Ok, let’s go back to our application; we will first store three variables: “currentView” that stores the kind of view ( Tile View or Detail view )  , images ( that’s the list saved by getImagesCommand ) and “currentItem” ( the current image selected from the user

 

For the moment, in the model we could declare them like this

 

public var currentItem : ImageVo

public var images: ArrayCollection;

public var currentView : String ;

 

 

 

4 – View – display results

Once we have the image list stored into the model is very simple to create a user interface to display it; in few lines we can create a TileList View

<?xml version="1.0" encoding="utf-8"?>

<mx:Canvas

      xmlns:mx="http://www.adobe.com/2006/mxml"

      width="400"

      height="300"

      creationComplete="init()"

      >

      <mx:Script >

            <![CDATA[

                  import it.actionscript.vo.ImageVo;

                  import it.actionscript.model.Model;

                 

                  [Bindable]

                  protected var model : Model ;

                 

                  /************************************************************

                   *                           INIT

                   * *********************************************************/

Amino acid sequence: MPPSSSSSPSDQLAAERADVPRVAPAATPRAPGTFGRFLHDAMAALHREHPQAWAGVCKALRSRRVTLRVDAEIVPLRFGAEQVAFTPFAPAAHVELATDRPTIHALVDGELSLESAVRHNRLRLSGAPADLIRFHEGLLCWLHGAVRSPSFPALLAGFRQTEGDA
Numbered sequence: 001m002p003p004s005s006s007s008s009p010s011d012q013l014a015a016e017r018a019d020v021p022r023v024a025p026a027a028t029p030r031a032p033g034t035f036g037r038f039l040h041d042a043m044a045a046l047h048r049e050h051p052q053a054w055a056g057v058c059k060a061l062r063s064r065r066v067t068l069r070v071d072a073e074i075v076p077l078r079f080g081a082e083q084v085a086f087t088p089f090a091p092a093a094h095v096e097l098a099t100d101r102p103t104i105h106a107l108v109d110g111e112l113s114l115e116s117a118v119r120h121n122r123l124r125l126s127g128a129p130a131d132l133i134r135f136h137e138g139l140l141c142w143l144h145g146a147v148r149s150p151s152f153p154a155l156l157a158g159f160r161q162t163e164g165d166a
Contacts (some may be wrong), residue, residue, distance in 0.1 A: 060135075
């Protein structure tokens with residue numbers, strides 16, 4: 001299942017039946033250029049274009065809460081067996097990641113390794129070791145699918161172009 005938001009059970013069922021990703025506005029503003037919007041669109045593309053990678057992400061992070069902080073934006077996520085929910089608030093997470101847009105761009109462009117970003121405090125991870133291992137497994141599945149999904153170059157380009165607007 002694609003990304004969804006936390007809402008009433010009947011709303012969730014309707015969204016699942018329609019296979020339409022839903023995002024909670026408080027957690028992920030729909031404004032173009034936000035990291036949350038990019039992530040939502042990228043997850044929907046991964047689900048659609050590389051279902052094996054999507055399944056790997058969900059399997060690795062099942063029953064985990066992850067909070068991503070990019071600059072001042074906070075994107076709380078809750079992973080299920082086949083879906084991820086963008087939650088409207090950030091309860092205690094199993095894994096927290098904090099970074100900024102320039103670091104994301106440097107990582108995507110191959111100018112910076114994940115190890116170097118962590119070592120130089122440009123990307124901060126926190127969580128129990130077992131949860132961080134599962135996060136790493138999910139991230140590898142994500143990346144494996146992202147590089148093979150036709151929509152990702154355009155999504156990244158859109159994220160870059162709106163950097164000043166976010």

private function init () : void {

                        model = Model.instance ;

                  }

                 

                 

            ]]>

      </mx:Script>

      <mx:TileList

            id="tile"

            width="100%"

            height="100%"

            columnCount="4"

            dataProvider="{model.images}"

            itemRenderer="it.actionscript.view.TileViewRenderer"

            change="{ model.currentItem = tile.selectedItem as ImageVo  }"

            selectedIndex="{ model.images.getItemIndex( model.currentItem )  }"

            selectionColor="0xAAEECC"

            />

</mx:Canvas>

 

And an itemRenderer for it

 

 

 

<?xml version="1.0" encoding="utf-8"?>

<mx:Canvas

      xmlns:mx="http://www.adobe.com/2006/mxml"

      width="400"

      height="300"

      creationComplete="init()"

       >

      <mx:Script>

            <![CDATA[

                  import mx.effects.Fade;

                  import mx.effects.Zoom;

                  import it.actionscript.vo.ImageVo;

                  import mx.controls.Image;